Trail running allows us to unplug and relax. We feel safe on the trails because we know every rock, every tree, and every puddle of our local route. We’re free to fly and fuse with nature… allow our mind to wander.. This is one of the greatest gifts of running.
Perhaps this is why it’s so shocking to hear about a criminal act or assault on one of our local trails. Like a crime in a church, the worst things imaginable are sometimes brought into our space. When a local runner or hiker is attacked, we, as stewards of nature feel victimized as well. How dare they instill fear into our space of meditation! How dare they make us think twice about running our favorite trail! Shock often becomes fear but fear can be translated into anger and action. To be a part of a community is to stand together, watch out for one another, and take steps to make change when the time comes. This is a story about that very situation.
In December, 2013, a female trail runner was ambushed and sexually assaulted on a popular trail in Albuquerque, New Mexico. It was the second attack of this type in the area within 12 months. The local community was shocked, as expected. It was, however, the local running community that came together and took action. I spoke with Wendy Wiggins, who was directly involved in the organization and planning of a group run called, “Take Back the Trail Run”.
According to Wendy, “The Take Back the Trail Run is a free, un-timed, noncompetitive, short run that can involve everyone. The goal is to bring the community together in the face of violence and show solidarity with the victim. The idea of Take Back the Trail is to run together in the same place and approximate time of day that sexual assault on a runner took place.”
The community was energized to show support and pull together in the face of these senseless tragedies. The Albuquerque Police Department the Rape Crisis Center of Central New Mexico helped back the run as well. Through this effort, the second run grew exponentially. Wendy shared this past January they, “reached out to more people and had over 10 local running organizations, 3 retail sponsors, and 250 to 300 people participating.”
I asked Wendy to tell me more about the run. She explained, the 3 mile trail run takes place near sunset and finishes at twilight. She shared, “As the run comes to an end, runners turn on their headlamps in a moment of silence in solidarity with the victim and to show that violence will not remain in the dark.”
Wendy went on to explain the feelings and reactions of those involved, “The general reaction is ‘We did a good thing’. That sounds trite and simple. But when people say it, there is an echo in the spirit of it. When we are so berated with bad news and violence in the media, it lifts the spirit to see that we aren’t going to let fear and violence dominate. The local media were incredibly supportive. I squeezed in a couple of TV interviews over my lunch hours to promote the event. The photojournalists were more even angrier about the attack and fired up than I was.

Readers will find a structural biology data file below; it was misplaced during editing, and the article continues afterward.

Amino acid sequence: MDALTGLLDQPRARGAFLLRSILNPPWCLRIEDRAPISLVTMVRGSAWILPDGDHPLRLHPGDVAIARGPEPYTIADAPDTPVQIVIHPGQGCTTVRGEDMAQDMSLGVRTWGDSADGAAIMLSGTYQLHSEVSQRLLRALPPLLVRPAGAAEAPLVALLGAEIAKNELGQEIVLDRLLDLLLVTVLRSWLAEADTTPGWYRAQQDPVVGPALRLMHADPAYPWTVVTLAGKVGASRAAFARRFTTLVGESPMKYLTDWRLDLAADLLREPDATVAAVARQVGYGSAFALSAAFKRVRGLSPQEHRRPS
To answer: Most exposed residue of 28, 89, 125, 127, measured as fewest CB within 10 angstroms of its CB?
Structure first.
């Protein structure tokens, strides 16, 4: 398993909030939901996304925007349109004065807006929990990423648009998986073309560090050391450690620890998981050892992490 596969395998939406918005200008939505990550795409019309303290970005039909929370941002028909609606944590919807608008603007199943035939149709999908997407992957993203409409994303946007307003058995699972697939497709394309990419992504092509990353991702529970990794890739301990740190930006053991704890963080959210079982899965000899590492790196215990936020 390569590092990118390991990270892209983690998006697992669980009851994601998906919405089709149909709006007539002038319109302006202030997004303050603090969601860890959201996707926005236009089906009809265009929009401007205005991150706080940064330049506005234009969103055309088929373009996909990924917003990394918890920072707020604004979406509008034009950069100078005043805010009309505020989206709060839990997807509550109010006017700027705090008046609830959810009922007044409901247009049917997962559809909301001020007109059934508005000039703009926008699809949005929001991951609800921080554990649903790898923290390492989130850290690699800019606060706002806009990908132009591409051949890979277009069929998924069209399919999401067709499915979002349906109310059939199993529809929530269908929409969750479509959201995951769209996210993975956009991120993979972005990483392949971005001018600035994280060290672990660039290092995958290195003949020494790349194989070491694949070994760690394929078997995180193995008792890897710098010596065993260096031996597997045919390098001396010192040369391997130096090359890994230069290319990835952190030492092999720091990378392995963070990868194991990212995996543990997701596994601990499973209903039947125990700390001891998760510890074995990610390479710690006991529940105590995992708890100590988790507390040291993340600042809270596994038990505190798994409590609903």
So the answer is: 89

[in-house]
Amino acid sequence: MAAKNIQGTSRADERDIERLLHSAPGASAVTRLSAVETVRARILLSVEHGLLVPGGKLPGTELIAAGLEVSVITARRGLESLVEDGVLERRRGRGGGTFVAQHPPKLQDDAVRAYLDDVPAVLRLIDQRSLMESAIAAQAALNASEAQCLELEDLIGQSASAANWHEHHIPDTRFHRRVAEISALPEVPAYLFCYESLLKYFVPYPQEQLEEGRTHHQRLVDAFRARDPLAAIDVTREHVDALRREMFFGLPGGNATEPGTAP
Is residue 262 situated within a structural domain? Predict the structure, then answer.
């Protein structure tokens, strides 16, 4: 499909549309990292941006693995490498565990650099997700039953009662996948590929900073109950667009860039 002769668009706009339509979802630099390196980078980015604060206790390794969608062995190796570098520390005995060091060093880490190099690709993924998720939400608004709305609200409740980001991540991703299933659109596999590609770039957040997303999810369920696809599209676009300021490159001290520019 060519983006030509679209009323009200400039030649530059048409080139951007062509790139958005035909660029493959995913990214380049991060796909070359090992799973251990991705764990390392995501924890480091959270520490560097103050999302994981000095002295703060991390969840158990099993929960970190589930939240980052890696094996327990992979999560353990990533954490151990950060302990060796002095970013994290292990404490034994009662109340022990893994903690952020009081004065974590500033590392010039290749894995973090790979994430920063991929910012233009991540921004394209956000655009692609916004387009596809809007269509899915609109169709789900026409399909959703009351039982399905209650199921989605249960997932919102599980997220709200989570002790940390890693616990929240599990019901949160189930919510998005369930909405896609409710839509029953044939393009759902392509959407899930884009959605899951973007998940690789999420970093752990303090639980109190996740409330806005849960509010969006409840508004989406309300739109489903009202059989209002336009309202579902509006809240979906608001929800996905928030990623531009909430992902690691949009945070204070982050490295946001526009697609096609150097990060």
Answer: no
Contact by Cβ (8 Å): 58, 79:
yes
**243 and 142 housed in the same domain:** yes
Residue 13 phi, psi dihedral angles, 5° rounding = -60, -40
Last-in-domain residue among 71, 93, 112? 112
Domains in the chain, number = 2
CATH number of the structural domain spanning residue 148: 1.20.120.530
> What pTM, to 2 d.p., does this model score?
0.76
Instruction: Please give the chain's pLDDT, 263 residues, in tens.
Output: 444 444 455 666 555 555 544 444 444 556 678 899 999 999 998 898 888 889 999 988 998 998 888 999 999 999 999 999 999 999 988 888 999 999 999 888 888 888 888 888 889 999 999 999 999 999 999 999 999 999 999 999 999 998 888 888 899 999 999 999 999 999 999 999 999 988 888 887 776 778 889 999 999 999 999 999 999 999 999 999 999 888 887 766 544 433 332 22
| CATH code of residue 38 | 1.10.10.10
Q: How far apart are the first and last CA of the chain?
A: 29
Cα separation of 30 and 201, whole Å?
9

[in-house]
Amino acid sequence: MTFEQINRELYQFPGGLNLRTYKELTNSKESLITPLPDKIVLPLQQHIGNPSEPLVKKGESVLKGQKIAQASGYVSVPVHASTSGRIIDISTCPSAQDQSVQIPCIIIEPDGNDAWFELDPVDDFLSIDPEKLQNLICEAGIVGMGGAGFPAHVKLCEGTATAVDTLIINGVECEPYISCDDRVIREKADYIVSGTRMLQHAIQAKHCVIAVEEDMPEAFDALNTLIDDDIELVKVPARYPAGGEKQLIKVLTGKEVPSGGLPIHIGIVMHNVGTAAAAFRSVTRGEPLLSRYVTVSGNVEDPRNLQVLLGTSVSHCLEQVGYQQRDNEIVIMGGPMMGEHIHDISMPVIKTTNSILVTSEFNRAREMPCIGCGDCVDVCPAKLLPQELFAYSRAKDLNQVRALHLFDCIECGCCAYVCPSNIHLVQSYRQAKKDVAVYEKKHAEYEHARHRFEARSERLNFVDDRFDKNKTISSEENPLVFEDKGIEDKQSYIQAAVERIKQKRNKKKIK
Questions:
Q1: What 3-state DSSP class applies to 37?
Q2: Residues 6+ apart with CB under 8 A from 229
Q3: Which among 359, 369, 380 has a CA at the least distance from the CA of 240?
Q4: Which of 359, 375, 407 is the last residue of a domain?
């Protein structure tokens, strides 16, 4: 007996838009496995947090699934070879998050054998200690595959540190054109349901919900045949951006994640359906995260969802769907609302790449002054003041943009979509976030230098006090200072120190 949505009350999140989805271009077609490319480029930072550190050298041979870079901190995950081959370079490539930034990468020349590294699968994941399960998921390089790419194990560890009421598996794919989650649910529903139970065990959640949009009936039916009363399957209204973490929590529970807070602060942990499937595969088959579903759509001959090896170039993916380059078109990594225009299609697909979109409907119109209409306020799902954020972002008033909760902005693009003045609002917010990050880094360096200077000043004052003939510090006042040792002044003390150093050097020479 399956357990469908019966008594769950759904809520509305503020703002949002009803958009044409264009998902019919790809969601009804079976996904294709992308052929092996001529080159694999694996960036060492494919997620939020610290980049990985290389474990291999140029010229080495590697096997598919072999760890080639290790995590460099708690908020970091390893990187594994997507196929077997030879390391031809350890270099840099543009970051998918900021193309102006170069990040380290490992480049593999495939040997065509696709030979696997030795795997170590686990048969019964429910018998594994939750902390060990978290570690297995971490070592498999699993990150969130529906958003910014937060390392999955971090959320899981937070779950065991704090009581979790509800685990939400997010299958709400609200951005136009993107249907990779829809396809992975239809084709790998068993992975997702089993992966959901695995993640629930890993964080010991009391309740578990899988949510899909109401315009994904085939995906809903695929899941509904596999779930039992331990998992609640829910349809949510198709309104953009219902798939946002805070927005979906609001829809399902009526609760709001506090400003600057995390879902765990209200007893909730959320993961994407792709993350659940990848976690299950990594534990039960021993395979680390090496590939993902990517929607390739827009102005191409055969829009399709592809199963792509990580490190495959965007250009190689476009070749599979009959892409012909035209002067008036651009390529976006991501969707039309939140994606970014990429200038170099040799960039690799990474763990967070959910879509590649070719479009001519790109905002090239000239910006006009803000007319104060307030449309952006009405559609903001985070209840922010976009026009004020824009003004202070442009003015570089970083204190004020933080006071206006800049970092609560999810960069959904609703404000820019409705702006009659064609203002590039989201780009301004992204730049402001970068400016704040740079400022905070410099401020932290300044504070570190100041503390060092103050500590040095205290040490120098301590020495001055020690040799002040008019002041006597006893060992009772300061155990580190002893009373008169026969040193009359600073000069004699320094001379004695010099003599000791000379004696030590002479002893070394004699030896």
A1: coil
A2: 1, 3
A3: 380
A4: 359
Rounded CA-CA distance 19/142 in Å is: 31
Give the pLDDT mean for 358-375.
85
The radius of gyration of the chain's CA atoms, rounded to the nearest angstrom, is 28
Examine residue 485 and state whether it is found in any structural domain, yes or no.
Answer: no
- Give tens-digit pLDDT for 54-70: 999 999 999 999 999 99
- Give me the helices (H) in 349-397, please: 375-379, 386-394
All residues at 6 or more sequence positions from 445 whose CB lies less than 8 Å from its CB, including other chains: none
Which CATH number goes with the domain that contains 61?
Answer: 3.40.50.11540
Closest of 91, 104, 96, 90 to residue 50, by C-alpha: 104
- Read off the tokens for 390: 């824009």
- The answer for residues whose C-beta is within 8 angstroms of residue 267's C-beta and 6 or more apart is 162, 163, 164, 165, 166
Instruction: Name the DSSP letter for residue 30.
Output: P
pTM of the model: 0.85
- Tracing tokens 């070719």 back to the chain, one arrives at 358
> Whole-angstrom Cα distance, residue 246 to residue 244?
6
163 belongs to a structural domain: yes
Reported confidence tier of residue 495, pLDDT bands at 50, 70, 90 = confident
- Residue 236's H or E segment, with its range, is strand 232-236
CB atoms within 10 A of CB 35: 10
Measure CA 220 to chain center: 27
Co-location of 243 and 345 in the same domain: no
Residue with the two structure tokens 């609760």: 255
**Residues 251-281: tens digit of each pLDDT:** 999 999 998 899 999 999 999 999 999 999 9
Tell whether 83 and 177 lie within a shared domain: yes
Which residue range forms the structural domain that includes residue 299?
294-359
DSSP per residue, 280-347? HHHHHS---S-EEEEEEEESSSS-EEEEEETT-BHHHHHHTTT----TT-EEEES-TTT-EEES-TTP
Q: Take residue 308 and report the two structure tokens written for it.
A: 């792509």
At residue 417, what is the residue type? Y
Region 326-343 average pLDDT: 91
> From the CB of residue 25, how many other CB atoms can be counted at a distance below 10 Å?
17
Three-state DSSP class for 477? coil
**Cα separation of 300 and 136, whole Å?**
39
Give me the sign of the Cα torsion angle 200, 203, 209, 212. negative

People, including me, were absolutely amazed at the turn out and power felt during the event. A National Guard troop lead the cheering for people finishing the final steep, loose incline. I had no idea they were going to be there. The finish at the dam was absolutely stunning. It was amazing to see 300 people lined up at sunset, standing in solidarity against the violence on this woman.”
If you hurt a community, they will come together and persevere – especially runners.
Link to news reports from New Mexico
Notes from the author:
In putting this piece together, I felt inclined to add some additional information for thought. I have been a police officer for 15 years. My experience has included almost every aspect of enforcement at the street level. And I have had to work with victims of this type of crime. It is the trail that allows me to relax and become one with nature. As mentioned, this is the gift of our beautiful sport. It truly is shocking to hear about a stranger attack on our local trails. While it is usually safer to run with a partner or group, a solo run may put us in the worst case scenario. Please keep these tips in mind. I feel that they are simple and commonplace, but I practice them in mindset during all my runs:
Know your surroundings and take notice of anything suspicious around you. Acknowledge those on approach and at junctions on your run. Being aware gives you additional time to recognize a potential threat and thwart those that might try and surprise you. Take note of things you see as well, to include the possibility that someone else may need your physical help, your observations, or your phone, etc..
If you are confronted by someone for any reason, have a plan in your head as to how you might handle it. Strength is found in your voice and stature. Know your surroundings and have a plan.
*Be a Fighter*
Know when a “talking” situation has become something much worse. Escalate your response to anyone trying to grab, hold, or control you. There is no “cheating” in this type of fight, so go for all the vulnerable areas like the eyes, throat, and groin. Your goal is to create enough distraction to break free and run.
headline photo source: (Jim Thompson/Albuquerque Journal)